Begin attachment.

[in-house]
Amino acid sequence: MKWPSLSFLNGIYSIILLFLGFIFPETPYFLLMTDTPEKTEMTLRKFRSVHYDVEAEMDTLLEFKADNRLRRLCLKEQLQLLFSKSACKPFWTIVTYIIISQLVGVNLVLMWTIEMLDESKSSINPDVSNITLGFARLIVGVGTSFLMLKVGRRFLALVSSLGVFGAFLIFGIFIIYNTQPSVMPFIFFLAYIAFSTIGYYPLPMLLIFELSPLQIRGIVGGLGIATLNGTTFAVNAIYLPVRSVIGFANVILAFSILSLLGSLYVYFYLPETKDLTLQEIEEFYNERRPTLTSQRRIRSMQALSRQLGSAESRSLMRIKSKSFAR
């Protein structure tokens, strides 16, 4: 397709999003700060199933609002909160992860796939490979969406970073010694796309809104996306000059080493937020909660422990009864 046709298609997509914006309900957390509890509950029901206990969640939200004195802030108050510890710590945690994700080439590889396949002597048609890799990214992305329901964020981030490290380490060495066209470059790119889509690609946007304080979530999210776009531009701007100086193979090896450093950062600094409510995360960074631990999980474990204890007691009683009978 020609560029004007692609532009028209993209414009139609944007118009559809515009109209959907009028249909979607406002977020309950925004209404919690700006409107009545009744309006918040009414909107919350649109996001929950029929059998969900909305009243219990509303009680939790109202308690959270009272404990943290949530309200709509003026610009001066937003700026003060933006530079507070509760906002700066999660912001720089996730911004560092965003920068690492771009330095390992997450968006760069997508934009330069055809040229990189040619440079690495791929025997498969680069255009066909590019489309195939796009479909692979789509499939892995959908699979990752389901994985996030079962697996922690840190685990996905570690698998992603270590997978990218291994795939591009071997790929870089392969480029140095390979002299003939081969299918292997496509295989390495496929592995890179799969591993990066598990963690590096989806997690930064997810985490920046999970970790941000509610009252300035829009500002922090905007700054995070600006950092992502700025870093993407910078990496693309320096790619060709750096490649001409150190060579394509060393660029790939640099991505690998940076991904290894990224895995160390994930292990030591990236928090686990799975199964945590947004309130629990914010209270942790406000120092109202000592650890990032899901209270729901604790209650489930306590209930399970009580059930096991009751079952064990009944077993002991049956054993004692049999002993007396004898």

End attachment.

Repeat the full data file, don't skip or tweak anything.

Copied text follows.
[in-house]
Amino acid sequence: MKWPSLSFLNGIYSIILLFLGFIFPETPYFLLMTDTPEKTEMTLRKFRSVHYDVEAEMDTLLEFKADNRLRRLCLKEQLQLLFSKSACKPFWTIVTYIIISQLVGVNLVLMWTIEMLDESKSSINPDVSNITLGFARLIVGVGTSFLMLKVGRRFLALVSSLGVFGAFLIFGIFIIYNTQPSVMPFIFFLAYIAFSTIGYYPLPMLLIFELSPLQIRGIVGGLGIATLNGTTFAVNAIYLPVRSVIGFANVILAFSILSLLGSLYVYFYLPETKDLTLQEIEEFYNERRPTLTSQRRIRSMQALSRQLGSAESRSLMRIKSKSFAR
């Protein structure tokens, strides 16, 4: 397709999003700060199933609002909160992860796939490979969406970073010694796309809104996306000059080493937020909660422990009864 046709298609997509914006309900957390509890509950029901206990969640939200004195802030108050510890710590945690994700080439590889396949002597048609890799990214992305329901964020981030490290380490060495066209470059790119889509690609946007304080979530999210776009531009701007100086193979090896450093950062600094409510995360960074631990999980474990204890007691009683009978 020609560029004007692609532009028209993209414009139609944007118009559809515009109209959907009028249909979607406002977020309950925004209404919690700006409107009545009744309006918040009414909107919350649109996001929950029929059998969900909305009243219990509303009680939790109202308690959270009272404990943290949530309200709509003026610009001066937003700026003060933006530079507070509760906002700066999660912001720089996730911004560092965003920068690492771009330095390992997450968006760069997508934009330069055809040229990189040619440079690495791929025997498969680069255009066909590019489309195939796009479909692979789509499939892995959908699979990752389901994985996030079962697996922690840190685990996905570690698998992603270590997978990218291994795939591009071997790929870089392969480029140095390979002299003939081969299918292997496509295989390495496929592995890179799969591993990066598990963690590096989806997690930064997810985490920046999970970790941000509610009252300035829009500002922090905007700054995070600006950092992502700025870093993407910078990496693309320096790619060709750096490649001409150190060579394509060393660029790939640099991505690998940076991904290894990224895995160390994930292990030591990236928090686990799975199964945590947004309130629990914010209270942790406000120092109202000592650890990032899901209270729901604790209650489930306590209930399970009580059930096991009751079952064990009944077993002991049956054993004692049999002993007396004898």